Bullpen use has changed drastically in its relatively short history. Here are some telling figures.
- 7 innings in relief by Lindy McDaniel in a 1972 regular season game to earn a W (thanks, @BurrowDweller73).
- 41 relief appearances longer than an inning by Mariano Rivera in the 1996 season.
- 3 of Rafael Soriano’s last 162 relief appearances were longer than an inning.
But one thing hasn’t changed: a team’s best reliever finishes games. The latest theory, however, is a team’s best reliever should pitch in the highest leverage situations, which is not always the last inning.
Yesterday, two big Yankees blogs posted why Joe Girardi should use Soriano like a “fireman” rather than an “eighth inning man.” This would drag him into more high leverage situations, which can occur as early as the fifth inning. I can’t say I agree.
My three concerns regarding the strategy:
- Soriano is a one-inning pitcher these days, which doesn’t offer a lot of flexibility for a fireman. In Soriano’s last two seasons as a closer for the Braves and Rays, he’s thrown three less innings than games pitched. I rarely expect Girardi to throw Soriano out there for two innings.
- Hypothetically, let’s say Soriano gets out of a big jam against the meat of the order in the sixth with the Yankees clinging to a lead. Yes, he’s saved the starter from taking a loss, but this leaves less reliable relievers in a position to face the top of the order again in the eighth. This leads into my next concern.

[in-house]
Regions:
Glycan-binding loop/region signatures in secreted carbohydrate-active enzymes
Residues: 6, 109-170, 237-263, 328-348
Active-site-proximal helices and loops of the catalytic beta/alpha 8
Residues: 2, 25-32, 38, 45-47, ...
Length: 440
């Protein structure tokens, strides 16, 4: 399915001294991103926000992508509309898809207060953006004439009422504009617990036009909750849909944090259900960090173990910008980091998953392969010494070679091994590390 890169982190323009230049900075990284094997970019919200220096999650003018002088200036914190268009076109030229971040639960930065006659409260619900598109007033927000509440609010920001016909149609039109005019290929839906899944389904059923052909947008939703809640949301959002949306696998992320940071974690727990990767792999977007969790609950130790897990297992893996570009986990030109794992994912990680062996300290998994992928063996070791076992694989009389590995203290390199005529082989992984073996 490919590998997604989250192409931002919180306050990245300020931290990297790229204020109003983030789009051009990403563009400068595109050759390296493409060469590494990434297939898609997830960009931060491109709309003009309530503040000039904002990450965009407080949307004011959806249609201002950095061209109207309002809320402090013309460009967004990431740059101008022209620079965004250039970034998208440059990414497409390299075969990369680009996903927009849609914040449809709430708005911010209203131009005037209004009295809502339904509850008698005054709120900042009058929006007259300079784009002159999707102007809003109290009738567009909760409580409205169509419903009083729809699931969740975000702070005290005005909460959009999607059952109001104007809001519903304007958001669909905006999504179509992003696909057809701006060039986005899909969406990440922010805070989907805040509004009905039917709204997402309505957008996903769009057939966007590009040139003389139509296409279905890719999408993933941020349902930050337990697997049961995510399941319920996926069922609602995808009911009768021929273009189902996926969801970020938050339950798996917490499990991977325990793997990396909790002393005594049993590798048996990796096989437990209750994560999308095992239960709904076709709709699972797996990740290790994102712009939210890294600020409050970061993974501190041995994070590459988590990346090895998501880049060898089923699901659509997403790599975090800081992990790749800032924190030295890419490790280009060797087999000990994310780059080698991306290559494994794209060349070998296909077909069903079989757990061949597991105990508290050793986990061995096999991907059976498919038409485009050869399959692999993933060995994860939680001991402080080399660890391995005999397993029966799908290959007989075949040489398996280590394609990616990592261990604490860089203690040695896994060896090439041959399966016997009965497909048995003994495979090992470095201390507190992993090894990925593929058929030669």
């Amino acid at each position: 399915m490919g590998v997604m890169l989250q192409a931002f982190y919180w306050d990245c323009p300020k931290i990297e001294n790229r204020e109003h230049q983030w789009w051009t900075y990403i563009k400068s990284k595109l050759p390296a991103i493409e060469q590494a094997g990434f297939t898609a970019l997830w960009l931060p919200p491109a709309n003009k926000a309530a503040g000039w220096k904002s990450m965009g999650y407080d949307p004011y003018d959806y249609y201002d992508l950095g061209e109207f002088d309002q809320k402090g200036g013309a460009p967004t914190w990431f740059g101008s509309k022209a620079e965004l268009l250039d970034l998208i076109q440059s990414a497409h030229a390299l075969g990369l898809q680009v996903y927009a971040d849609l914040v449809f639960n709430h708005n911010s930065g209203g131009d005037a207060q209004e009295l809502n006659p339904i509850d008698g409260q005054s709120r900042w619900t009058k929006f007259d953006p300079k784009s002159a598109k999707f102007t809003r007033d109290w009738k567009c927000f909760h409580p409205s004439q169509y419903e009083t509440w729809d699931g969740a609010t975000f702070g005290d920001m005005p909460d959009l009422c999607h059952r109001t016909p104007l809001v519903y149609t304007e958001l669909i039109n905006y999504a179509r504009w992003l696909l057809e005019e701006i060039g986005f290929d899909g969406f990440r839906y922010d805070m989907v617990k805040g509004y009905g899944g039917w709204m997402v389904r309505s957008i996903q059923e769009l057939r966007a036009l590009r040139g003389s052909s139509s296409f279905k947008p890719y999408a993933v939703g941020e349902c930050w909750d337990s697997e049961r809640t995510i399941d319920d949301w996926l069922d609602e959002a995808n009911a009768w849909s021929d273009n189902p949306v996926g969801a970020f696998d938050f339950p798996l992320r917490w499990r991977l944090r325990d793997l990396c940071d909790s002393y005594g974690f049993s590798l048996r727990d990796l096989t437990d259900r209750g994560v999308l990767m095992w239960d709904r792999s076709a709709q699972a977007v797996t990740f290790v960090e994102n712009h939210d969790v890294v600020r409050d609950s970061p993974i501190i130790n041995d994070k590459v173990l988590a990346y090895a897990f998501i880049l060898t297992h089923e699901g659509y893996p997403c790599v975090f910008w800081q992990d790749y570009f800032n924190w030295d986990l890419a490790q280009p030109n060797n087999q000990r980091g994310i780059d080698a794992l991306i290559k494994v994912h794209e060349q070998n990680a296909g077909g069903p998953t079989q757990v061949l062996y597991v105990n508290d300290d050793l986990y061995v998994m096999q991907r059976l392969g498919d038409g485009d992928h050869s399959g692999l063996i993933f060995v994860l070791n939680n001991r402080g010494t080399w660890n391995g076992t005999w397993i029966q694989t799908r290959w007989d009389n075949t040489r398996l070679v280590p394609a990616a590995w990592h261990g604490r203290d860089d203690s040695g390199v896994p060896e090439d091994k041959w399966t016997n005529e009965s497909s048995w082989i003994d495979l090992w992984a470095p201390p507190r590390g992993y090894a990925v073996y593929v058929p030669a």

- How is Girardi supposed to know the high leverage situation in the fifth or sixth inning will be higher than the seventh or eighth? We all saw the Yankees’ bullpen blow games before getting to Mo last season, especially in the ALCS. However, we also saw the importance of a lockdown bullpen in 1996, and even more so in 2004-05 with Tom Gordon. Of Rivera’s 96 saves those two seasons, Gordon pitched in the eighth 73.5 percent of his total innings and collected 69 holds.
Girardi’s Likely Strategy:
For the final six outs, the Yankees won’t let their opponent breathe for one pitch. Knowing this, Yankees’ starters feel less pressure and opposing teams feel more intimidated.
I think the “fireman” strategy could work with an old school type reliever who is capable of pitching two or more innings, but those are hard to find in setup man quality these days.
I can see Soriano pitching a few games in the seventh here and there, but mark my words, he will finish 2011 with either zero or one out recorded in the sixth inning or earlier.